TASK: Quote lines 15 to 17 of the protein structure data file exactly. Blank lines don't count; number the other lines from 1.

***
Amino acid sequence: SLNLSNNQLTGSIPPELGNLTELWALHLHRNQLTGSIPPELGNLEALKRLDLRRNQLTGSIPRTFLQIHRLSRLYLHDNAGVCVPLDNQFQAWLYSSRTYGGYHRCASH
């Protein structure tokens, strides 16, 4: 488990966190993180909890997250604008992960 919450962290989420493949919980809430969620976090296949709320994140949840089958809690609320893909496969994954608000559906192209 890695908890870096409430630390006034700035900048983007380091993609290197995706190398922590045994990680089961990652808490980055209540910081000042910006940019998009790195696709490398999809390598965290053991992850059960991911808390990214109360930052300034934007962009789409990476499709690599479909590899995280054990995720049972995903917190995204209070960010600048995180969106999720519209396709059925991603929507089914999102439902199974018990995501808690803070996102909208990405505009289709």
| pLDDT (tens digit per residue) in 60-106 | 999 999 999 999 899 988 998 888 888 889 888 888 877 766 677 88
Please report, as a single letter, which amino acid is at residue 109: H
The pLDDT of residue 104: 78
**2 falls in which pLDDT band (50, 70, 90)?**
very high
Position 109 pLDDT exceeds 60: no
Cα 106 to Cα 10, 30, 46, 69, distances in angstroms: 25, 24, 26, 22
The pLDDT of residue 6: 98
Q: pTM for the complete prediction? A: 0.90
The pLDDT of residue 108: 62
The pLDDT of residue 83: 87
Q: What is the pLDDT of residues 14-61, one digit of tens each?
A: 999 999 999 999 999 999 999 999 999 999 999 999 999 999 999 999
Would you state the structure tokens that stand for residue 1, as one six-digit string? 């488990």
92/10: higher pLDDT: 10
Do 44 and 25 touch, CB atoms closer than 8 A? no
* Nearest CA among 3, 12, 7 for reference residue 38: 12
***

A: 999 999 999 999 999 999 999 999 999 999 999 999 999 999 999 999
Would you state the structure tokens that stand for residue 1, as one six-digit string? 């488990």
92/10: higher pLDDT: 10